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Ann Oncol. 2016 Aug;27(8):1638-43. doi: 10.1093/annonc/mdw223. Epub 2016 May 27.

The time to progression ratio: a new individualized volumetric parameter for the early detection of clinical benefit of targeted therapies.

Author information

1
Center for Personalized Cancer Treatment (CPCT) Department of Medical Oncology, UMC Utrecht Cancer Center, Utrecht.
2
Center for Personalized Cancer Treatment (CPCT) Department of Molecular Oncology, The Netherlands Cancer Institute, Amsterdam.
3
Center for Personalized Cancer Treatment (CPCT) Department of Medical Oncology, Erasmus MC Cancer Institute, Rotterdam.
4
Center for Personalized Cancer Treatment (CPCT) Department of Radiotherapy, University Medical Center Utrecht, Utrecht.
5
Department of Biometrics, The Netherlands Cancer Institute, Amsterdam.
6
Center for Personalized Cancer Treatment (CPCT) Department of Pathology, University Medical Center Utrecht, Utrecht.
7
Image Sciences Institute.
8
Department of Radiology and Nuclear Medicine.
9
Department of Surgery, University Medical Center Utrecht, Utrecht.
10
Center for Personalized Cancer Treatment (CPCT) Department of Medical Oncology Department of Clinical Pharmacology, The Netherlands Cancer Institute, Amsterdam.
11
Center for Personalized Cancer Treatment (CPCT) Department of Clinical Pharmacology, The Netherlands Cancer Institute, Amsterdam Department of Utrecht Institute of Pharmaceutical Sciences, Utrecht University, Utrecht, The Netherlands.
12
Center for Personalized Cancer Treatment (CPCT) Department of Molecular Oncology, The Netherlands Cancer Institute, Amsterdam e.voest@nki.nl.

Abstract

BACKGROUND:

Early signs of efficacy are critical in drug development. Response Evaluation Criteria in Solid Tumors (RECIST) are commonly used to determine the efficacy of anti-cancer therapy in clinical trials. RECIST, however, emphasizes the value of tumor shrinkage, while many targeted agents induce prolonged tumor growth arrest. This limits its use for the detection of treatment efficacy for these more cytostatic regimens. Therefore, we designed an individualized variant of a time to progression (TTP) end point based on prospective volumetric measurements and an intra-patient control, the TTP ratio.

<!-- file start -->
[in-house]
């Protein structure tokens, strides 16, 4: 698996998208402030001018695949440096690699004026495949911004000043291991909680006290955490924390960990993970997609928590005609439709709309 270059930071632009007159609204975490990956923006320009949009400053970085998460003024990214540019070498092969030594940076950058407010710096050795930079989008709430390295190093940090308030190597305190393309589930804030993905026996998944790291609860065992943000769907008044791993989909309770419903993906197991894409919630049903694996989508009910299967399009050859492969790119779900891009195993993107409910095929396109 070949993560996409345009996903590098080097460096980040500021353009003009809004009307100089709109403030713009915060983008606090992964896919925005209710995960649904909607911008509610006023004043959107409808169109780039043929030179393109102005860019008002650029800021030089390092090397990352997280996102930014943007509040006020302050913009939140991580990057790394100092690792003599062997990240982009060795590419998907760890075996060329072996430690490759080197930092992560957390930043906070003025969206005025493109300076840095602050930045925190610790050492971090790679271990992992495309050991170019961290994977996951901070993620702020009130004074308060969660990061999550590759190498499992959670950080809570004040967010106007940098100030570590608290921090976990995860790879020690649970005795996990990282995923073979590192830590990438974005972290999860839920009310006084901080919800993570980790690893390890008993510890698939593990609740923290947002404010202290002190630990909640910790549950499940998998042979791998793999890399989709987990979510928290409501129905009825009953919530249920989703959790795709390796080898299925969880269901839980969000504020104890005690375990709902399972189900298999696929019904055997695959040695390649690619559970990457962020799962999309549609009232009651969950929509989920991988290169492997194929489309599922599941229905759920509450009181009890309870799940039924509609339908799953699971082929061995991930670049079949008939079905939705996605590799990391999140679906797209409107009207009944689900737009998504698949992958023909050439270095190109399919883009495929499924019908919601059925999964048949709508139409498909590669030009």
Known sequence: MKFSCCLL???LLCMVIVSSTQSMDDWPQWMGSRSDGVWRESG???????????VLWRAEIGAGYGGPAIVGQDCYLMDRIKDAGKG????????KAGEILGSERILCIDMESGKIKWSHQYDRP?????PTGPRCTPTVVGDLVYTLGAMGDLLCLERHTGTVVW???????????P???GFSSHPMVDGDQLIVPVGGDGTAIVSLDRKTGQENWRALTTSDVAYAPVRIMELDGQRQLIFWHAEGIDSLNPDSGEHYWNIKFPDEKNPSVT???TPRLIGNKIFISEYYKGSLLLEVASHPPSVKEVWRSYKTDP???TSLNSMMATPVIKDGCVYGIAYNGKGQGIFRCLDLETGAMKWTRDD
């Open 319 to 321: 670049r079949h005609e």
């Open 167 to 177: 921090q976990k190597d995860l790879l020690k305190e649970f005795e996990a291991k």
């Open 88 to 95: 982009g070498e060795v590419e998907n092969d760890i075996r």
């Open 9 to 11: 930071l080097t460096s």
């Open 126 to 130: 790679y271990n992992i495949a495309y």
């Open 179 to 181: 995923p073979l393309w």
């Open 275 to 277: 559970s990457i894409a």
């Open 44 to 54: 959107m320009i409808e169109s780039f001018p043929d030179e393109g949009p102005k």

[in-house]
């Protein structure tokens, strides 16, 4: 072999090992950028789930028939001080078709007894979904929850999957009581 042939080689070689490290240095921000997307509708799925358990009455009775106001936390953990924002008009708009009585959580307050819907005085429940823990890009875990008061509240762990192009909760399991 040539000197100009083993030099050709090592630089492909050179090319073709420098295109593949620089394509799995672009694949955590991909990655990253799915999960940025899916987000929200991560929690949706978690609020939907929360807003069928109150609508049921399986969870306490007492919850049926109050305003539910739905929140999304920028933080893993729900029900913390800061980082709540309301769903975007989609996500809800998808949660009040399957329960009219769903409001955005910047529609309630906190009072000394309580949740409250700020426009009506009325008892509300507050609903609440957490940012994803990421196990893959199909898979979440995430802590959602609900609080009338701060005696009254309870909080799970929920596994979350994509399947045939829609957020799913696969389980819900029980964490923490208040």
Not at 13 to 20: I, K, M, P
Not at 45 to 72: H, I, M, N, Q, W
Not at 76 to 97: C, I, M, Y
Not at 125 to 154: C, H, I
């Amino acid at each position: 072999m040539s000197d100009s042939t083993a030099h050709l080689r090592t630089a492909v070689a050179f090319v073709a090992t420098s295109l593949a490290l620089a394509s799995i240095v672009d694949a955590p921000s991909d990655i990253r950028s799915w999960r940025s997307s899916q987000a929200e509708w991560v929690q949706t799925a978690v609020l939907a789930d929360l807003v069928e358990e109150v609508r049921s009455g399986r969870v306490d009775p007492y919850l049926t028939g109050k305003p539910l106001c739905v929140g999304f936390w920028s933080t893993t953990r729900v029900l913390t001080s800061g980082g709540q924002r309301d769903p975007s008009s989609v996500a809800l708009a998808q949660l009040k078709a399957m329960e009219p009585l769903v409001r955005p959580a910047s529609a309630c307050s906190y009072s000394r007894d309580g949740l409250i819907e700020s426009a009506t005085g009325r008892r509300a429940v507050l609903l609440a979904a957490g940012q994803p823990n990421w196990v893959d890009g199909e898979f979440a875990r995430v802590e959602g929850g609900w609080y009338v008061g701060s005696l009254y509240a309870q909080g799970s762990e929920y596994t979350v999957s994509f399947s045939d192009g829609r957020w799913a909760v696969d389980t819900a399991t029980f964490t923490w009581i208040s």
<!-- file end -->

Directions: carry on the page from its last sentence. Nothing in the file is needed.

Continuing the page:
PATIENTS AND METHODS:

Patients with any metastatic malignancy, without regular treatment options, were treated with the mTOR inhibitor everolimus. Treatment response was determined using both RECIST and the TTP ratio. The TTP ratio was defined as the volumetric pretreatment TTP divided by the volumetric on-treatment TTP. A patient was classified as a responder if the TTP ratio was <0.7. Consistency and reproducibility of volumetric measurements were determined.

RESULTS:

Seventy-three patients were included of whom 59 started treatment. A TTP ratio could be established in 73% (n = 43) of the treated patients. The inter-observer agreement for volumetric progression was 0.78 (95% confidence interval 0.70-0.87) (Krippendorff's α-coefficient). According to RECIST, 35 patients (59%) had stable disease (SD) and 1 patient demonstrated a partial response (PR), whereas only 21 patients (36%) met the prespecified criteria for treatment efficacy according to the TTP ratio. Treatment response according to both the TTP ratio and RECIST (SD + PR) correlated with overall survival (OS) [P(log-rank) < 0.001]. The TTP ratio, however, was also able to differentiate which patients had a better OS within the RECIST SD group [P(log-rank) = 0.0496].

CONCLUSION:

The TTP ratio had a high inter-observer agreement, correlated with OS and identified which patients within the RECIST SD group had a longer OS.

CLINICALTRIALSGOV IDENTIFIER:

NCT01566279.

KEYWORDS:

RECIST 1.1; clinical trial end point; efficacy; time to progression ratio

PMID:
27234642
DOI:
10.1093/annonc/mdw223
[Indexed for MEDLINE]

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